Terra Preta, a Solution Buried in the Dirt

With so many nutrients caught up in the life cycles of lush forest plants, most soil in the Amazon Basin is nutrient-poor clay. But throughout the region, pockets of fertile, dark soil (“terra preta” in Portuguese) can be found.

Terra preta is the product of slash-and-char agriculture practiced centuries ago by indigenous farmers who baked wood to charcoal and worked it into the soil. Centuries later, the soil they created remains the region’s most fertile farmland: productivity is higher, far less fertilizer and fallow time are required, and soils support a larger variety of more nutritious crops.

But the real reason that terra preta is big news today is that these dark soils represent the possibility of natural, long-term carbon sequestration, a way to return some of the carbon once stored in fossil fuels back to the ground.

Carbon in charcoal does not reoxidize to become CO2, as does the carbon stored in plants when they decompose. Nearly half of the carbon content of biomass that is charred and returned to the soil can remain stable for hundreds and even thousands of years—keeping carbon out of the atmosphere far longer than other, more cyclical biological sinks like no-till farming or planting trees.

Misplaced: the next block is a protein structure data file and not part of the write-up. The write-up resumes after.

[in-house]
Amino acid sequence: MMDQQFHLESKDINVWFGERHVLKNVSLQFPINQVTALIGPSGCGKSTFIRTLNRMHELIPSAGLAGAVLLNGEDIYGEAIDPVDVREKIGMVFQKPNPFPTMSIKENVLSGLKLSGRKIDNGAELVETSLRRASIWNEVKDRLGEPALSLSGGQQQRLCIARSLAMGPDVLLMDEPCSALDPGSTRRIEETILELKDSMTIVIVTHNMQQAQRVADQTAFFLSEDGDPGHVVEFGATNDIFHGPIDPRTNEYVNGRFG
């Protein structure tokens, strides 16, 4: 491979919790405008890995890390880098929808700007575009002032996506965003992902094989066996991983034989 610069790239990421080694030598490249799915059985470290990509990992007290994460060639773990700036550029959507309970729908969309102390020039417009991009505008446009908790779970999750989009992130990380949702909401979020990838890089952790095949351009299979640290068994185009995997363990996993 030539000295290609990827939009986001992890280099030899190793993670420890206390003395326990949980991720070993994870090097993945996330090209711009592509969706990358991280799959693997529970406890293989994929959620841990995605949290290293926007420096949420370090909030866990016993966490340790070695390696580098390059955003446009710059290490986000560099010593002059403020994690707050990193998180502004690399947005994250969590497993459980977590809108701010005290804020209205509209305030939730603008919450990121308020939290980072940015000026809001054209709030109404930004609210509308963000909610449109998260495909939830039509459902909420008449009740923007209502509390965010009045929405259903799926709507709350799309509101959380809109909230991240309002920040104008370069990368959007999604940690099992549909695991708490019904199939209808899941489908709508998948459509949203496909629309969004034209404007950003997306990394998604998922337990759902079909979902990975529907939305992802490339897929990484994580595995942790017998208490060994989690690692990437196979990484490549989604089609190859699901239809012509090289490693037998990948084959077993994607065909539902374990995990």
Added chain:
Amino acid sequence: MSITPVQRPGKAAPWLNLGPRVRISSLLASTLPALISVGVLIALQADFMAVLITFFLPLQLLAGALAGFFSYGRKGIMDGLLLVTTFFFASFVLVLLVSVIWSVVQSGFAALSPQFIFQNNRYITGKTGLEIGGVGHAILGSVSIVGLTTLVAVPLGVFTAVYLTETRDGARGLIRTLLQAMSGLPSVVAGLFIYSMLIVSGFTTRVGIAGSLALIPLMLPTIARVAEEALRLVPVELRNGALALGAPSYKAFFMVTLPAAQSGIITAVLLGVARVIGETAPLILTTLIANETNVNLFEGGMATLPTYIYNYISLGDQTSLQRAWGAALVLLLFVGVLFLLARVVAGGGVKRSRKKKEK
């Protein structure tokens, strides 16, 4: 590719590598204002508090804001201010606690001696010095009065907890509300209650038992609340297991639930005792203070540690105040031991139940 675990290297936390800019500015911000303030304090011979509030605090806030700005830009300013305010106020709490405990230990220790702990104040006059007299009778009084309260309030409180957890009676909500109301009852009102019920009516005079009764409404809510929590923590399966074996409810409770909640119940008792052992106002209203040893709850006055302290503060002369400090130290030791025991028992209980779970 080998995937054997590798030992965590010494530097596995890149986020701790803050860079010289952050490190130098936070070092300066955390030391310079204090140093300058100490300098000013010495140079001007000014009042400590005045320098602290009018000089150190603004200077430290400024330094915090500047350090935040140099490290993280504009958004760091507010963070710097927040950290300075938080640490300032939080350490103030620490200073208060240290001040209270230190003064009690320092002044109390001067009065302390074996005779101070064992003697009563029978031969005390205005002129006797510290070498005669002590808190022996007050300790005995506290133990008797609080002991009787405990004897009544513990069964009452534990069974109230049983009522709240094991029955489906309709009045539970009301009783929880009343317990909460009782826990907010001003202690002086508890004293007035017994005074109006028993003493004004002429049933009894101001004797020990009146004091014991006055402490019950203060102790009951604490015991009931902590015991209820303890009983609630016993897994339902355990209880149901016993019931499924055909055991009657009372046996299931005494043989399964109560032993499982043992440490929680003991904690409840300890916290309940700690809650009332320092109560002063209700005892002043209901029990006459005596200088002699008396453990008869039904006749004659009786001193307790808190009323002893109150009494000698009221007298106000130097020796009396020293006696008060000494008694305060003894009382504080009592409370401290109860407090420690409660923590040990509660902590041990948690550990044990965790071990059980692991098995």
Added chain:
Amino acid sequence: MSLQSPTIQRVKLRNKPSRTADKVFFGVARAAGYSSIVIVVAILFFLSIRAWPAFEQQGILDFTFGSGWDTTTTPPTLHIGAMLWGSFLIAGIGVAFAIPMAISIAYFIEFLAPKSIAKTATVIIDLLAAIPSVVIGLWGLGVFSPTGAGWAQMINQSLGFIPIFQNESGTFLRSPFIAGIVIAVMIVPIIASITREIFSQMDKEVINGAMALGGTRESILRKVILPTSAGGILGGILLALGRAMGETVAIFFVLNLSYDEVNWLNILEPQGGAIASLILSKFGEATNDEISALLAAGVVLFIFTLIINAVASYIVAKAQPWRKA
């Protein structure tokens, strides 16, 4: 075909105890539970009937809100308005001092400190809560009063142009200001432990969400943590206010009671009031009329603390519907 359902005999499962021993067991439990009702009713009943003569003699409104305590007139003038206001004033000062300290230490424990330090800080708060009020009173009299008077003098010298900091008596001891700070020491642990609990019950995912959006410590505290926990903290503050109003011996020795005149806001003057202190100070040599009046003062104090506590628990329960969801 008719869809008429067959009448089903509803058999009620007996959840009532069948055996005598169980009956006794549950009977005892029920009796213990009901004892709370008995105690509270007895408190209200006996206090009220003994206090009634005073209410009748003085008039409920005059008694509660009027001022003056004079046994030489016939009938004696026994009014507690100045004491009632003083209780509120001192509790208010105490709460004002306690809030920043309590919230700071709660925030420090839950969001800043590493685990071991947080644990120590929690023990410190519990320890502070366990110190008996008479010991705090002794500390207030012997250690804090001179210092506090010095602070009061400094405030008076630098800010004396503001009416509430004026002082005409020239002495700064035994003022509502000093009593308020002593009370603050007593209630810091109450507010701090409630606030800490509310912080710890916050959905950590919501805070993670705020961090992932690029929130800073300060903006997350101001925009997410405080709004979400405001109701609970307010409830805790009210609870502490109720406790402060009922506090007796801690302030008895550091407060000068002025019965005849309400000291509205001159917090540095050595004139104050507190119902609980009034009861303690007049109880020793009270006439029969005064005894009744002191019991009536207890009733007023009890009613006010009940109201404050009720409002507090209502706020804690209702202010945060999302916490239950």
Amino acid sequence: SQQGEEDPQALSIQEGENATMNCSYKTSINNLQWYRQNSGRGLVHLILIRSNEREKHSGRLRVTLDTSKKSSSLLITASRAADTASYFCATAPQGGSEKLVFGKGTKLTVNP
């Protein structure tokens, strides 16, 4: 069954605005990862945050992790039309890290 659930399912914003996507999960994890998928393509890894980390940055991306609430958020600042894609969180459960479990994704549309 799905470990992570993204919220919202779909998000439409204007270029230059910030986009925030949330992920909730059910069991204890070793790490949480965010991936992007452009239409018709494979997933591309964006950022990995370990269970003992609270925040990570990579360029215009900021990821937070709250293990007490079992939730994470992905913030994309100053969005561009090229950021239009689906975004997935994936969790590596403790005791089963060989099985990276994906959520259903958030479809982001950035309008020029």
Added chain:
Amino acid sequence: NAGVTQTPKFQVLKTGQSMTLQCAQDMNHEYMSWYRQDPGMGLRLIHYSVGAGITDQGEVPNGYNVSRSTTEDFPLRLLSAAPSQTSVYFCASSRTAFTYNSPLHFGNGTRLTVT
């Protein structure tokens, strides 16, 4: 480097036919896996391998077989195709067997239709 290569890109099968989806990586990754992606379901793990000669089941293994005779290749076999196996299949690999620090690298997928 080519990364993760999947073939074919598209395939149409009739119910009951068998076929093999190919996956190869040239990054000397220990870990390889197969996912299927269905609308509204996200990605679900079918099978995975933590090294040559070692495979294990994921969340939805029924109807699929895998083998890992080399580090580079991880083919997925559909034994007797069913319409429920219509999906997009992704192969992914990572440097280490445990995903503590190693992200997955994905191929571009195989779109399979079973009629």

The challenge with agrichar (as modern bio-charcoal is called) is to avoid the negative side effects that plague many biofuels. Producing biomass for agrichar doesn’t have to come at the cost of deforestation or increased industrial farming. Instead, the millions of tons of agricultural waste discarded every year—plus municipal and yard waste, manure, and even, potentially, sewage—can be used, much of their carbon sequestered for centuries rather than returning quickly to the atmosphere as CO2.

In addition to reducing the amount of carbon circulating into the atmosphere, agrichar also creates some handy byproducts: bio-oil and gases that can be used to generate heat and electricity.

Brooke Jarvis wrote this article as part of Stop Global Warming Cold, the Spring 2008 issue of YES! Magazine. Brooke is a YES! editorial assistant. Photo of Brooke Jarvis
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